Friday, March 26, 2010

How to Fail Critically Endangered Species'

There is an animal species that is at 3-20% of its original population. In four decades, the population of this animal species declined 85-97%.

It is on the cusp of extinction.

So if you are the creators and maintainers of the only international agreement on preserving endangered species, what do you do?

Do you:
A) Give that species the most protection in order to rebuild the population?
B) Eat the flesh of the critically endangered species during the vote and just go with your taste buds?
C) Heed the special interests of multi-billion dollar industries who really love hunting this species?
D) Sell your soul and do B) and C)?

If you are the member organizations of CITES, you do D!

The Atlantic Bluefin Tuna is getting closer and closer to extinction. CITES is the Convention on Trade in Endangered Species of Wild Fauna and Flora. They met recently to discuss what species they should be adding to their list of protected animals. Countries must adhere to certain requirements once an animal species is placed on this list.

And this year, the marine species were basically told to just go die already. We apparently don't need apex predators in our oceans.

Bluefin tuna, critically fucking endangered species here, lost big time. In fact, Japanese delegates served bluefin tuna the night before the vote. I mean, why not just have polar bear skin rugs and tiger penises available to delegates as well?

Also big losers were the sharks. A TRAFFIC member, who was there at the convention, had a good analogy. Imagine this: You trap a tiger (critically endangered, yo). You chop off his legs for, I dunno, femur-soup. And then you throw the still living tiger back into the woods. That is what happens to finned sharks. They are caught, their fins are cut off, and then, fully conscious and still alive, they are thrown back into the ocean. Nice. Well, none of the eight species of sharks up for increased protection were given that protection.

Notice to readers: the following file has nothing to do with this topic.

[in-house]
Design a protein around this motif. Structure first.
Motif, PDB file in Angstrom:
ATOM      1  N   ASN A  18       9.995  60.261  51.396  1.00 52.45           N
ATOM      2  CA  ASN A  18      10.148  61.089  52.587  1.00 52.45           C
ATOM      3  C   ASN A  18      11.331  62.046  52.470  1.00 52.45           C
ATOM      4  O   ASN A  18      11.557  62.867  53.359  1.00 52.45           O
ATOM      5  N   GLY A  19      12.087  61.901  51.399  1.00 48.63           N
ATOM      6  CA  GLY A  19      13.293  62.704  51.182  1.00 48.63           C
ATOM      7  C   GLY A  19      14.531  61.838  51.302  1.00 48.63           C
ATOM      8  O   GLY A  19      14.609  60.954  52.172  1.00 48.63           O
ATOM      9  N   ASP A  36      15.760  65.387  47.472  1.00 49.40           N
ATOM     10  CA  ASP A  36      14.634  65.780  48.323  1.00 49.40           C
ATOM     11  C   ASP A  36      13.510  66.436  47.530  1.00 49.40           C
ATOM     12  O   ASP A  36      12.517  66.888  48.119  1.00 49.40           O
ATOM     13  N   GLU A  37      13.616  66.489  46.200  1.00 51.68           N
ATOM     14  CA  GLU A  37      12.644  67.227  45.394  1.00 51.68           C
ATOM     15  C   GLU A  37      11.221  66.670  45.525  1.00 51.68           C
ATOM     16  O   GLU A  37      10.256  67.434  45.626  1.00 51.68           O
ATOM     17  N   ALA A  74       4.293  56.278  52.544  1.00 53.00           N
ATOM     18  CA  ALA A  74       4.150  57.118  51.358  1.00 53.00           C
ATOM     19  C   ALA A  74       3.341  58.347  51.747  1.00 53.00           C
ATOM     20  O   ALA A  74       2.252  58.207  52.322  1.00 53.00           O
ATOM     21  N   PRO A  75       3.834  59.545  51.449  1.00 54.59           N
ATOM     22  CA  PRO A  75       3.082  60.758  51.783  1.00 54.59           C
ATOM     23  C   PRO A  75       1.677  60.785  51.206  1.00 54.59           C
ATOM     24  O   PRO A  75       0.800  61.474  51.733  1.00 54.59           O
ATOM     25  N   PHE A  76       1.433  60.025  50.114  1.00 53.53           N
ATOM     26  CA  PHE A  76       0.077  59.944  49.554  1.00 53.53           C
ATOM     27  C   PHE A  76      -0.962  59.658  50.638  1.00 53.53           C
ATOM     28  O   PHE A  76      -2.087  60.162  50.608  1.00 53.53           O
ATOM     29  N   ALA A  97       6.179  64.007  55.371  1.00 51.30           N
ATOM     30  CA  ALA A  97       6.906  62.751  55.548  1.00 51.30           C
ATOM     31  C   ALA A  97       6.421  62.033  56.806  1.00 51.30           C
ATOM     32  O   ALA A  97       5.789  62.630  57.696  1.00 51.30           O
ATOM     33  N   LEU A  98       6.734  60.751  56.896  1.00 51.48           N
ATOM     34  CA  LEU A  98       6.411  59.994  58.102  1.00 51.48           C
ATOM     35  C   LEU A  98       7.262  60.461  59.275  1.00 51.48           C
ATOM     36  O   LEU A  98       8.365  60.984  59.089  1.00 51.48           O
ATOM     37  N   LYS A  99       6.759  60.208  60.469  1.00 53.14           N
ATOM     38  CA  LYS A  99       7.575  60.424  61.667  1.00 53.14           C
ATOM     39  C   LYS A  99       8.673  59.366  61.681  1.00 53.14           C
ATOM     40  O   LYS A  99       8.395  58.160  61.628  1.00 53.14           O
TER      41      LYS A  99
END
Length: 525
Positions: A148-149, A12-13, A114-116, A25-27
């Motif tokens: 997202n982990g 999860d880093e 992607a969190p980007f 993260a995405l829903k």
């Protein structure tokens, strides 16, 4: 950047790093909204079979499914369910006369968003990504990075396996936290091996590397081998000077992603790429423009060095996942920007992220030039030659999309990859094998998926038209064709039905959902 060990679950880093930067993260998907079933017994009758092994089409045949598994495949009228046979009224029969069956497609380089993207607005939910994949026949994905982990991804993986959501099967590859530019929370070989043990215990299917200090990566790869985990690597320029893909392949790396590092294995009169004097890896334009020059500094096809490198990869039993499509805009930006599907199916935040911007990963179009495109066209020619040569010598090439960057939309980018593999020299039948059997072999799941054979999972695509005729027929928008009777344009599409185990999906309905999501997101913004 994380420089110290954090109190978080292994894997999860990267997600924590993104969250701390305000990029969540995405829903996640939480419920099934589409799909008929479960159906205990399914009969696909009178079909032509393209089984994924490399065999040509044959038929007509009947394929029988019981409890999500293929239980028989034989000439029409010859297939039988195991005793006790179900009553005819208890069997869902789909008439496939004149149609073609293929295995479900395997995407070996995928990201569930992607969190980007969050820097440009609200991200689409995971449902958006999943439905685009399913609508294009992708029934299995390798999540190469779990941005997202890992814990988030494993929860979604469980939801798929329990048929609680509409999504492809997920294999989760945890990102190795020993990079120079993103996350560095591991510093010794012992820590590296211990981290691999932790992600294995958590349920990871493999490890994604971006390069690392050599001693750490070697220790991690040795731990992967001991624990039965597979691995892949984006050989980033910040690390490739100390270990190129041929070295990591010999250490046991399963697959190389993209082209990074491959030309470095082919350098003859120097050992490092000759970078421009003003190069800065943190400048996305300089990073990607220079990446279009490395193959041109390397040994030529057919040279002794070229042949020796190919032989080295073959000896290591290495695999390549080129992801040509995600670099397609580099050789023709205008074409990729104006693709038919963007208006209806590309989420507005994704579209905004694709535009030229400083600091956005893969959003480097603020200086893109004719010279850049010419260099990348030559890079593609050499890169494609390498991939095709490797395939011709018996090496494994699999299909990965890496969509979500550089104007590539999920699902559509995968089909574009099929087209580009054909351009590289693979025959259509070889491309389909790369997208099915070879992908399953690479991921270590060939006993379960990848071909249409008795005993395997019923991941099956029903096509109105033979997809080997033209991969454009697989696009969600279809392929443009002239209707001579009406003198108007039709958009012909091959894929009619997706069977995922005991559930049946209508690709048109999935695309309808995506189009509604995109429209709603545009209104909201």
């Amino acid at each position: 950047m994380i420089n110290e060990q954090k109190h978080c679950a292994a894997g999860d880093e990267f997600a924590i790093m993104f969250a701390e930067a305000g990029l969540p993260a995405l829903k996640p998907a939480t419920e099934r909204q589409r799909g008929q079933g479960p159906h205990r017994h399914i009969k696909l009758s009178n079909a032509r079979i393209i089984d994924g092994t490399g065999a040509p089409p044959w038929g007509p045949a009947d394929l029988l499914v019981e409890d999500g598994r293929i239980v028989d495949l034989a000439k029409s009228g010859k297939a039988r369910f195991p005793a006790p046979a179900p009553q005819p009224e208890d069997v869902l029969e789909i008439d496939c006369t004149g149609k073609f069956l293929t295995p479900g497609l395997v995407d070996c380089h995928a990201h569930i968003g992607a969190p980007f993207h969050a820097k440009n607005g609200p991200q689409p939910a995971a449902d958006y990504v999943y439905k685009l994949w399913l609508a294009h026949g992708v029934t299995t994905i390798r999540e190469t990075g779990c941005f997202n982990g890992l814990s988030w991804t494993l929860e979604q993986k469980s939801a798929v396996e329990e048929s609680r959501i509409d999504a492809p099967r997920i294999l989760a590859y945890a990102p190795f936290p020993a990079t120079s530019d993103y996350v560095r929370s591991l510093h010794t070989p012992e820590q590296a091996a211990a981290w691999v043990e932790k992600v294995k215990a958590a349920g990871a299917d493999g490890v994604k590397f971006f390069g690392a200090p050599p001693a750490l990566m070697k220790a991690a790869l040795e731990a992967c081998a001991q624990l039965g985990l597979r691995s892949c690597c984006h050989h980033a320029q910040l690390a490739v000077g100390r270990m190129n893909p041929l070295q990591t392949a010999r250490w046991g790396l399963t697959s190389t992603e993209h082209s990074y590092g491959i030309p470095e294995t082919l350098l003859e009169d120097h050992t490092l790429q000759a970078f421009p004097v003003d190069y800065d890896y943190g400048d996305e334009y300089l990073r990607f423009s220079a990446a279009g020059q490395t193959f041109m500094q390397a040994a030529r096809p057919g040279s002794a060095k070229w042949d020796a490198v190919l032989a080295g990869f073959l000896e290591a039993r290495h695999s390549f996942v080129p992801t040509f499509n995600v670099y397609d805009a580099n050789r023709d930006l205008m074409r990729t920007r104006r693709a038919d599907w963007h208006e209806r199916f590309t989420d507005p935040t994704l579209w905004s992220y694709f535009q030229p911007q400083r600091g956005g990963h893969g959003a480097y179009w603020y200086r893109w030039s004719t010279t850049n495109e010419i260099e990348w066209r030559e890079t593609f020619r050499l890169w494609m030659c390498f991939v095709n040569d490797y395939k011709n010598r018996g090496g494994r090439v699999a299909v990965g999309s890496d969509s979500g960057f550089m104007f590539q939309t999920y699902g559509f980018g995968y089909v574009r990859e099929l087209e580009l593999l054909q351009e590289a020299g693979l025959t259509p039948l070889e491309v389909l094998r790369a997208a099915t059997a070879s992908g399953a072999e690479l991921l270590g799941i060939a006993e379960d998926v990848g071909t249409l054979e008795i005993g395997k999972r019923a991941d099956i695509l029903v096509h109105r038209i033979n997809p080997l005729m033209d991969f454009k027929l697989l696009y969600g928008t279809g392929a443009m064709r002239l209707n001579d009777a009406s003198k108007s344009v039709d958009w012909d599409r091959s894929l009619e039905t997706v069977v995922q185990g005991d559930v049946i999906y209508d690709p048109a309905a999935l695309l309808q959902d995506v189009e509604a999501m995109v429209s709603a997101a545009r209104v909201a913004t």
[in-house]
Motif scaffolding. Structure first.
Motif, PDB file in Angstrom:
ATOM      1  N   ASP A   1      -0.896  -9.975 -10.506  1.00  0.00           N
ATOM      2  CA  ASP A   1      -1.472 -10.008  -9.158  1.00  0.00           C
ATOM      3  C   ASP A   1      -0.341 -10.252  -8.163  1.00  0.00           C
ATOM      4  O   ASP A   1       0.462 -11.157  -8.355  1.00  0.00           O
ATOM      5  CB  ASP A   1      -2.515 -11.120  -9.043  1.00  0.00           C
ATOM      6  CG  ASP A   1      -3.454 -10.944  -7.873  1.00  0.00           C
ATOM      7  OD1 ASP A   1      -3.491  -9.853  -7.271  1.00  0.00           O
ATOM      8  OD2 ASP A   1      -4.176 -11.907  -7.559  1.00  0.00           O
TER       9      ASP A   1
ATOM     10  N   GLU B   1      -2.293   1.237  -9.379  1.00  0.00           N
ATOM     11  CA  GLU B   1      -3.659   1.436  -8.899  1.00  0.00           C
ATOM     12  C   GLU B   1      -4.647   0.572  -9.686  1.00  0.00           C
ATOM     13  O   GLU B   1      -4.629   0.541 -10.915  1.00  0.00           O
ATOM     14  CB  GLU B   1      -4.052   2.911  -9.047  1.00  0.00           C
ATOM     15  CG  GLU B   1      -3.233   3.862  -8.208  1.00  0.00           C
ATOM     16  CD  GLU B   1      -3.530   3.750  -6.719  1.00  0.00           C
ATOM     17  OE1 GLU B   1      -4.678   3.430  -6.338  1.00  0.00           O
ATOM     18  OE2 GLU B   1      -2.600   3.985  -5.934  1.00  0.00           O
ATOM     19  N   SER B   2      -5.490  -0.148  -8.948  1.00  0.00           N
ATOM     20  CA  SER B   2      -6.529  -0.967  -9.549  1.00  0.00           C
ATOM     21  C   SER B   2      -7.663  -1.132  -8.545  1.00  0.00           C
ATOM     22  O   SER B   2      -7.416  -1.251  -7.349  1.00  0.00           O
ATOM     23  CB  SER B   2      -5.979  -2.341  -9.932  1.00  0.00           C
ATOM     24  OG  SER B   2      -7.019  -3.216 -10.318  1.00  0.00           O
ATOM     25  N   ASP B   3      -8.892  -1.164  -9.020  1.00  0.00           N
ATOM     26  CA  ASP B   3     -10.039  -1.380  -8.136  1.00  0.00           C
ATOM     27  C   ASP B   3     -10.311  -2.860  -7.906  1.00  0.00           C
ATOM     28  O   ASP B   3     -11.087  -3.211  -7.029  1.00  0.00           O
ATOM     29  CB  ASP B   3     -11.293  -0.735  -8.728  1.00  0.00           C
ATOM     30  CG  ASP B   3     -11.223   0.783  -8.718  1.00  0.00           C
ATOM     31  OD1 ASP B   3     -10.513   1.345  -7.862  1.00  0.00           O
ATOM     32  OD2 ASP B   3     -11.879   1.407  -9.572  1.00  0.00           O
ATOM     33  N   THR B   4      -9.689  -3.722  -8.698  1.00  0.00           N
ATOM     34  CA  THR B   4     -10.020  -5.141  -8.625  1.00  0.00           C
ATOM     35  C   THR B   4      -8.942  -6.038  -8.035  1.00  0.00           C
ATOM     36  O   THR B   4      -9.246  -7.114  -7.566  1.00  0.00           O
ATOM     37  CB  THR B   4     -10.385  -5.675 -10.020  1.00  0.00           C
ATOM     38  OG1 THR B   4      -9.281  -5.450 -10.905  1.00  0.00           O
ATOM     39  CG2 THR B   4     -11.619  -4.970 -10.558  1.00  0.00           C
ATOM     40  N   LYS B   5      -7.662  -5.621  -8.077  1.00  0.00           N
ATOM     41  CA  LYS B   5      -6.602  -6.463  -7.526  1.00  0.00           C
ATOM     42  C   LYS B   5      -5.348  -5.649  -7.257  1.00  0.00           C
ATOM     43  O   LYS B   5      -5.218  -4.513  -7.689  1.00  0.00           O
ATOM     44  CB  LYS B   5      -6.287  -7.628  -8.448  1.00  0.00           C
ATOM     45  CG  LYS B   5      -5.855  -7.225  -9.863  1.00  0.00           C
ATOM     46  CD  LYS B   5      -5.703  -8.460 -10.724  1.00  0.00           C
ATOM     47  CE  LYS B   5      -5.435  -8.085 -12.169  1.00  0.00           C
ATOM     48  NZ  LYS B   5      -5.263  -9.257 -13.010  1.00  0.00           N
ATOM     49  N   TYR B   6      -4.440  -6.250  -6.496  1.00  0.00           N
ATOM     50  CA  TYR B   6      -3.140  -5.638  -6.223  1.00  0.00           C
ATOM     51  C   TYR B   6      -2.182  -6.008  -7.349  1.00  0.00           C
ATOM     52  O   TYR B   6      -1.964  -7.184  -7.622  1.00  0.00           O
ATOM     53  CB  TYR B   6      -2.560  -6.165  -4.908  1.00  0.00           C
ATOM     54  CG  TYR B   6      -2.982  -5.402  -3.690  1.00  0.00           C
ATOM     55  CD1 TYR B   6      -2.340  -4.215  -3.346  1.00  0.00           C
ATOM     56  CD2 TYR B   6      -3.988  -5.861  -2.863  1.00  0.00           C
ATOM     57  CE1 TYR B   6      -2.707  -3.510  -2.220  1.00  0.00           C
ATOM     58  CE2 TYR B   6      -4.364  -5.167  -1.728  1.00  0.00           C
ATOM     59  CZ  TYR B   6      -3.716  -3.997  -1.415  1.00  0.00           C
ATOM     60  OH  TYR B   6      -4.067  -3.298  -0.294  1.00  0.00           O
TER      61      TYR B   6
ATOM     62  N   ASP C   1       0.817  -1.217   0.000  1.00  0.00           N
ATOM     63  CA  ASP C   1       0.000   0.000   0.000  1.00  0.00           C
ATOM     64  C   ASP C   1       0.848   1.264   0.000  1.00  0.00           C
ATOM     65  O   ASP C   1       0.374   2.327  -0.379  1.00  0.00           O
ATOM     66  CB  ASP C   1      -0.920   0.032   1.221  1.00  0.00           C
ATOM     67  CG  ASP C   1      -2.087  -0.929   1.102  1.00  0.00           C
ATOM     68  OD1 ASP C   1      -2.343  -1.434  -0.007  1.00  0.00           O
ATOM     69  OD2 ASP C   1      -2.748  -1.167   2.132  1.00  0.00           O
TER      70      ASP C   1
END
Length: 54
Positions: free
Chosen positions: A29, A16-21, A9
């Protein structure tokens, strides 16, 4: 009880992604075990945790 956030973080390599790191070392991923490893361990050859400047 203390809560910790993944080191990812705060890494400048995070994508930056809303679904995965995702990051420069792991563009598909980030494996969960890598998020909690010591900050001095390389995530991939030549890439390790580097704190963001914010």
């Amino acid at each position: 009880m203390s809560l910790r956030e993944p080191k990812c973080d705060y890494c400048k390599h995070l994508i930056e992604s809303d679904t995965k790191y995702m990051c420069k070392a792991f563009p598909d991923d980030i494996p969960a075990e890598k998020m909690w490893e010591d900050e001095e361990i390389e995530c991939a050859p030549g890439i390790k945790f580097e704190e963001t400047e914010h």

You know who won? The Kaiser's Spotted Salamander. No more trading of those adorable little amphibians.

Now why does a little newt magically get protection but bluefin tuna don't?

Japan v. Random Internet Person.

Turns out if you have a multi-million/billion dollar industry that relies on the extirpation of 9 species of marine animals, you are as good as gold. Sell salamanders on the internet?-Fuck you, no more of that silly business, we gots us a seriously endangered species here.

What a sorry state of affairs.

2 comments:

Retrieverman said...

Have you read Sea of Slaughter by Farley Mowat?

I think you'd like it.

Rinalia said...

I haven't. I will add it to my (ridiculously long) list of books to read. I really do love Mowat's writing.